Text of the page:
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  • Competing, Overlapping, and Contradictory Agendas:Egyptian Education Under British Occupation, 1882-1922
  • Mona Russell (bio)

Education is a double-edged sword. On the one hand, states can utilize education to achieve far-reaching socioeconomic goals and to preserve social order. On the other hand, education is a powerful means of achieving individual needs as well as bringing about an awareness of the need to change the existing order. States, religious hierarchies, social organizations, and individual teachers can all work to foster a particular sense of being in students, who, as graduates, bring their educational baggage into society. Education, be it religious or secular, can serve as a social glue, bonding individuals together by creating a shared cultural belief system.1 In a country under occupation, the various forces affecting the educational process are quite complex involving colonial officials, local elites, and an indigenous intelligentsia. In the case of Egypt, the story becomes further entangled because it was home to many émigrés from the Levant, some of whom came for business reasons and others for greater intellectual freedom. The context of educational battles between various segments of Egyptian society and the British must be seen in light of overall policies of Egyptian development, Egyptian finances, and British imperial interests. Furthermore, the accommodations that were reached for boys' education did not work as well for female education given the competing, overlapping, and sometimes-contradictory agendas of the factions involved.

For over fifty years prior to the British occupation in 1882, growing numbers of Egyptian students were being trained in new forms of government-sponsored education. To facilitate his plan for economic and military expansion, Muhammad Ali (r. 1805-1848) created a new educational system. Rather than building upon the existing system of religious education or dismantling it, he built a parallel system starting at the top with specialized schools for military science, engineering, and medicine (for men and women). He then worked his way down to the primary level. Initial recruitment for the advanced schools would come from the traditional schools, but later his new primary and preparatory schools would prove more fertile training ground. 2 Furthermore, he created a Committee of Public Instruction to oversee the educational process, and this committee endorsed the notion of female education, although it did little to advance it.3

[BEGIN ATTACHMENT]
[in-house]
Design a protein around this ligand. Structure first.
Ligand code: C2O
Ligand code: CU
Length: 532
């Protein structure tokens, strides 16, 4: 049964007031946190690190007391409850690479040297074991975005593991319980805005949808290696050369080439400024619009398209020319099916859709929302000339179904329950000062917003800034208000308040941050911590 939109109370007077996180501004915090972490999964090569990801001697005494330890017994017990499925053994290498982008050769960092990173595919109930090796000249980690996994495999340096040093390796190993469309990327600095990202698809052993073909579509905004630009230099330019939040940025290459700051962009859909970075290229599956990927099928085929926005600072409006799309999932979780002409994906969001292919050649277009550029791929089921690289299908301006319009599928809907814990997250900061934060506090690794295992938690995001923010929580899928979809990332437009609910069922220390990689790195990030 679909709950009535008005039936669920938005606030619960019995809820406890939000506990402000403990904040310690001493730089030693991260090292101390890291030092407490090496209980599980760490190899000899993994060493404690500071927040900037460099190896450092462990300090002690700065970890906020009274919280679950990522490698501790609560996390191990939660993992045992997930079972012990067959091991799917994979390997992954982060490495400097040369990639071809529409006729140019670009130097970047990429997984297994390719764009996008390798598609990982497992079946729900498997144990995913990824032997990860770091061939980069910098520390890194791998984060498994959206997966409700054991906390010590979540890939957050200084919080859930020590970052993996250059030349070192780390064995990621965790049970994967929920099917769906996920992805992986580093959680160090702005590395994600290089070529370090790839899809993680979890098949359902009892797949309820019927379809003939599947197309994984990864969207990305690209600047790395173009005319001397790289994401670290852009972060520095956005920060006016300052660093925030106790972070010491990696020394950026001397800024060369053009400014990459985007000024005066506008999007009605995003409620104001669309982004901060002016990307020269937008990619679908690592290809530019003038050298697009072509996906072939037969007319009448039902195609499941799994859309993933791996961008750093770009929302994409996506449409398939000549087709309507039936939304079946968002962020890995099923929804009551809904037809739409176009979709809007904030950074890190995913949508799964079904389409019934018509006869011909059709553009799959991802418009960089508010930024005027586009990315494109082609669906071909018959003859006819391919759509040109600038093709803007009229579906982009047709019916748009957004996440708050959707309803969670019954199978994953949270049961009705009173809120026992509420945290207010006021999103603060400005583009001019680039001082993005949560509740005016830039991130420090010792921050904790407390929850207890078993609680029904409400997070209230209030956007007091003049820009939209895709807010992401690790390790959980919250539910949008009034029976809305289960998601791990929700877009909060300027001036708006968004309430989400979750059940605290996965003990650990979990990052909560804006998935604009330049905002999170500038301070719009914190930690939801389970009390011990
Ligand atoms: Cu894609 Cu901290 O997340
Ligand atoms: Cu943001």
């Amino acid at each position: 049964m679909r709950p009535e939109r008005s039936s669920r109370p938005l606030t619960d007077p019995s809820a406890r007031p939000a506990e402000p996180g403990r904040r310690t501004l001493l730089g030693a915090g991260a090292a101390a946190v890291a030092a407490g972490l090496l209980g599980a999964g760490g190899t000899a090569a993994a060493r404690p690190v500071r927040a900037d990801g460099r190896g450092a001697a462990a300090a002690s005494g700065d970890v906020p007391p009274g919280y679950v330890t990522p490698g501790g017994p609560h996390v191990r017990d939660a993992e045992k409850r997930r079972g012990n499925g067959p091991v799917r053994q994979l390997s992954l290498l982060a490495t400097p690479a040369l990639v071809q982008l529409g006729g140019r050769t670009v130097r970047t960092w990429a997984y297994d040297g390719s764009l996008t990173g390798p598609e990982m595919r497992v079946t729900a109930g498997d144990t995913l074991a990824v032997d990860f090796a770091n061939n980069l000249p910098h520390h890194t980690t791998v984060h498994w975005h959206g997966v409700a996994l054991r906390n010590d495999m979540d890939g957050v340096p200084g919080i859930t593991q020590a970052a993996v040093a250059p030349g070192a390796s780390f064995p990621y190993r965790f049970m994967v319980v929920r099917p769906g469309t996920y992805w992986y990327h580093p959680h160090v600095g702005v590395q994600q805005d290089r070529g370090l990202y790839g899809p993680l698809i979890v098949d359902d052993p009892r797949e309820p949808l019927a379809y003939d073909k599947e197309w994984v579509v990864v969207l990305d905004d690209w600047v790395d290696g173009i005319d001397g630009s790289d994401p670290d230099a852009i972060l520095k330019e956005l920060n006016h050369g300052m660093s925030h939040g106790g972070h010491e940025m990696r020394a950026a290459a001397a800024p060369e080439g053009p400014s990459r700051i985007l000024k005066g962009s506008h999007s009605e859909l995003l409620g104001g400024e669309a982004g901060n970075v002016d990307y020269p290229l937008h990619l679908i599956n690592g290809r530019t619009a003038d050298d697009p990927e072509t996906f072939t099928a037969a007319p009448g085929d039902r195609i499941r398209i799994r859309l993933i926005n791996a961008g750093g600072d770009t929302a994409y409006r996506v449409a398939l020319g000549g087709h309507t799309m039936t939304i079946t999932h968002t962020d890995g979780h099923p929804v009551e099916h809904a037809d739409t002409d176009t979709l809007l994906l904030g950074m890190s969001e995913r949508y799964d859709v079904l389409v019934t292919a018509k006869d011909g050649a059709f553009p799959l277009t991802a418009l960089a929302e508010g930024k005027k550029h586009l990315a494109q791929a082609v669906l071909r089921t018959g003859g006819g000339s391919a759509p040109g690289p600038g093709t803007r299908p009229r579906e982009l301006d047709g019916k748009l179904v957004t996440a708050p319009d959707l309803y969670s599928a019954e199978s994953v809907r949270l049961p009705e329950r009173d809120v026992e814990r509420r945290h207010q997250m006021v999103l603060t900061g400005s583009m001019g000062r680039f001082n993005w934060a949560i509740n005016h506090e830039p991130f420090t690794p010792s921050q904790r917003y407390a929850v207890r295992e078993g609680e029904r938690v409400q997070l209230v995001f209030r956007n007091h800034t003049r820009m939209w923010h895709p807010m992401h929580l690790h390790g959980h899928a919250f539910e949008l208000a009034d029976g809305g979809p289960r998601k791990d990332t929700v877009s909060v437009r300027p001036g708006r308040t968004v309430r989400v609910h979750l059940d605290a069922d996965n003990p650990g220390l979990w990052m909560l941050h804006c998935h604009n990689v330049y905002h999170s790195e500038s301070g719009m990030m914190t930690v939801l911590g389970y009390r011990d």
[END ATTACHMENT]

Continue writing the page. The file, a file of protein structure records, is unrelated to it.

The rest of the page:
Muhammad Ali supplemented his program with the use of foreign advisors, translators, and educational missions to Europe. A paternalistic state sponsored the entire system, covering tuition fees, books, other educational expenses, and even personal expenses. Whether in primary, preparatory, or specialized schools, as well as missions abroad, the state strictly governed Egyptian students with careful supervision, continuous observation, and numerous regulations.4 The state was attempting to foster both the student's character and intellect to better serve its needs.

Muhammad Ali's plans for expansion and development contradicted both Ottoman and British aims.5 The two powers worked together to remove the Egyptian presence from Syria and the Hejaz, as well as to dismantle his economic monopolies by enacting a new commercial treaty in 1838.6 Muhammad Ali was compensated, however, with the hereditary governorship of Egypt in 1840. From this point, Egypt turned to supplying Britain with raw materials, namely cotton, and no longer posed a threat commercially, industrially, or militarily to Anglo-Ottoman aims.

As the fortunes of Muhammad Ali waned after 1840, there was less need for the new educational system because expansion and industrialization were halted. His successors Abbas (r. 1848-1854) and Said (r.1854-1863) were both unable and unwilling to sponsor education to the same degree.7 The economy simply could not sustain extensive educational programs. By the end of Said's rule there was no longer even a Ministry of Public Instruction [diwan al-madaris], and only the military and medical schools remained, despite the fact that the economy was improving.8

Ismail, who came to power in 1863, benefited from a bustling trade in cotton, heightened by the American Civil War; yet he was also thwarted by the unfavorable conditions of the Suez Canal concession. Western observers initially were optimistic regarding his ascension to power.9 Nevertheless, historians and contemporary observers have given mixed reviews...

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Additional Information

ISSN
1548-226X
Print ISSN
1089-201X
Pages
pp. 50-60
Launched on MUSE
2005-12-07
Open Access
No
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